Jamie Barstein, a second-year PhD student in Northwestern University’s Clinical Psychology Program, studies neurobiological and behavioral factors that influence neurodevelopmental disabilities under Molly Losh, PhD, associate professor of psychiatry and behavioral sciences.
Barstein’s interest in working with individuals with neurodevelopmental disorders began at a young age and continued through a combination of career opportunities and education and eventually inspired her to pursue a PhD degree. She received a bachelor’s degree in psychology from the University of Texas at Austin before enrolling at Northwestern.
Where is your hometown?
I grew up in a very tight-knit community in Birmingham, Alabama. I love traveling back there to be with my family any chance I can get. As much as I love living in Chicago, I miss the slow paced lifestyle of my hometown—it was the kind of place where your family and closest friends happen to also be your neighbors.
What are your research interests?
I’m fascinated by the breadth and complexity of neurobiological and behavioral factors that influence neurodevelopmental disabilities such as autism spectrum disorder and fragile X syndrome. In particular, I am intrigued by the subtle sociocognitive and language differences documented in family members (e.g., parents) of individuals affected by these disorders. Additionally I am interested in utilizing a family genetic model to understand the heritability of these features as well as identifying links between behavioral and genetic expressions.
What exciting projects are you working on?
My masters project focuses on examining pragmatic (social) language in children with a range of disabilities, including Down syndrome, fragile X syndrome, and autism spectrum disorder in the laboratory of Molly Losh, PhD. More specifically, I’m looking at differences in the strategies utilized to repair a breakdown in conversation. In other words, when a listener indicates that they don’t understand a message, what does the child do to repair this message? I also recently began an additional project after being awarded the National Science Foundation Graduate Research Fellowship in the spring of 2014 to examine the tie between sensorimotor and language development. This project will involve investigating sensorimotor functioning in parents of individuals with autism spectrum disorder as well as carriers of the gene associated with fragile X syndrome. I plan to relate these findings to previously collected measures of cognition and functional language in order to understand how genes influence sensory and language deficiencies.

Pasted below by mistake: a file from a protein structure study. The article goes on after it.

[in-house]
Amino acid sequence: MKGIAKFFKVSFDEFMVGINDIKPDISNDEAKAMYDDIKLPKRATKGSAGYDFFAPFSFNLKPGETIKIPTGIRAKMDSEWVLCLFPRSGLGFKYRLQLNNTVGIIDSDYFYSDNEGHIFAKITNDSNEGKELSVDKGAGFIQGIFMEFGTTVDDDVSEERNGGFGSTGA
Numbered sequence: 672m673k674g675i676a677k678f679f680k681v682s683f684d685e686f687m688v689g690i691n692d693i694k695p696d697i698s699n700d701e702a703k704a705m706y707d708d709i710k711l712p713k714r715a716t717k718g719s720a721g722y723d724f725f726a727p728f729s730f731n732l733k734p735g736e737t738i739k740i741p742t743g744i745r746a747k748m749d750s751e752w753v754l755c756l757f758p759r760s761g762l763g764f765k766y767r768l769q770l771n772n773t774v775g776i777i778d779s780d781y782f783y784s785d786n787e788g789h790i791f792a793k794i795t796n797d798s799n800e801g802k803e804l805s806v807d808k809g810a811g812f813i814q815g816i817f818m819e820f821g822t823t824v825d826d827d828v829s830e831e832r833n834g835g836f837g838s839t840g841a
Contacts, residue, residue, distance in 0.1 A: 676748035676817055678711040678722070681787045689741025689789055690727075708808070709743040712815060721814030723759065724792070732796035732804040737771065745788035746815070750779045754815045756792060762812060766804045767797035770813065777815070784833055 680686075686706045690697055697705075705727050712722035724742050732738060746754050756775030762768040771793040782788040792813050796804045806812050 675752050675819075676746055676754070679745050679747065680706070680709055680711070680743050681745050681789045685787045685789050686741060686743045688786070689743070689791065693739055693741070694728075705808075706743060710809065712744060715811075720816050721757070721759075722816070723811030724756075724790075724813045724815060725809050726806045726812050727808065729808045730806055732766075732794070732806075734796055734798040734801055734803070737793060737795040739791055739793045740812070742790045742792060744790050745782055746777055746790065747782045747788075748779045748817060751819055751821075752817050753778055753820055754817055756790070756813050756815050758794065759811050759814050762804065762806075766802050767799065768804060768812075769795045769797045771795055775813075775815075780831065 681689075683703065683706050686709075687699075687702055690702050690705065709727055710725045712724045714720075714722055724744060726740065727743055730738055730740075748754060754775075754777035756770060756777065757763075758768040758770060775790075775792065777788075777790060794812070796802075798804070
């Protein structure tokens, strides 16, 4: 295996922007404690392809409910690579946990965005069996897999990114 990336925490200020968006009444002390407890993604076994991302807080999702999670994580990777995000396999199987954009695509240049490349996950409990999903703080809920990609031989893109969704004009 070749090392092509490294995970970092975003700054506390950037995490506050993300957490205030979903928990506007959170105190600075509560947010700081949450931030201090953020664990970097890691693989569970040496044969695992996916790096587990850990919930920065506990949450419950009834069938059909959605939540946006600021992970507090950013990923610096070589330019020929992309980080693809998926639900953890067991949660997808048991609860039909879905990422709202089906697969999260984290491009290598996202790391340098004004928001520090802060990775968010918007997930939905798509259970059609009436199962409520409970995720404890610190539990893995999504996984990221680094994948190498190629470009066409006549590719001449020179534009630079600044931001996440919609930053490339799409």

What attracted you to the PhD program?
I was first introduced to neurodevelopmental disabilities in the first grade, when I befriended a child in my class with Rett Syndrome. As my friend and I grew up, I became aware of the underlying condition affecting her abilities and resolved to learn more about her disorder. Many clinical and research experiences along the road led me to my ultimate decision to pursue a doctorate in clinical psychology. With this degree, I am able to combine my interest in treating individuals with neurodevelopmental disorders with a basic research component that targets the underlying influences affecting such disorders. I was thrilled when I received an acceptance at Feinberg and the opportunity to work with current adviser Dr. Molly Losh – the program offers excellent training both in child clinical work as well as the strong research experience I’m gaining through my lab.
What has been your best experience at Feinberg?
The people at Northwestern have largely contributed to my positive experience in the program. Whether it’s time spent with families, my classmates, or other students and staff members in my lab, I am constantly surrounded by individuals who challenge me intellectually and encourage me to be my best self.
How would you describe the faculty at Feinberg?
I always say that we are very fortunate to have such supportive faculty at Feinberg. Each faculty member that I have interacted with is equally invested in the success of his or her students, which I think is an invaluable component to my program. There is also a strong sense of collaboration amongst faculty that makes for a fantastic learning environment as a graduate student.
What do you do in your free time?
What free time?? Just kidding! I’m a huge advocate for maintaining a work-life balance and try to make an effort to get together with friends regularly. I also try to get outside any chance that I can. If the sun is shining, you can probably find me running along the lakefront or exploring Chicago’s many parks and frequent festivals. I am also somewhat of a “foodie” when it comes to trying new restaurants.
What are your plans for after graduation?
Immediately after graduation, I plan to continue to build my skills as both a clinician and a scientist, focusing on the study and treatment of children with neurodevelopmental disorders. Long term, I hope to build a “one stop shop” for families affected by neurodevelopmental disorders where they could receive both neuropsychological assessments and a systematic review of behavioral and medical issues associated with neurodevelopmental disorders, all in the context of a research-focused facility. I’m excited to see where life takes me!tt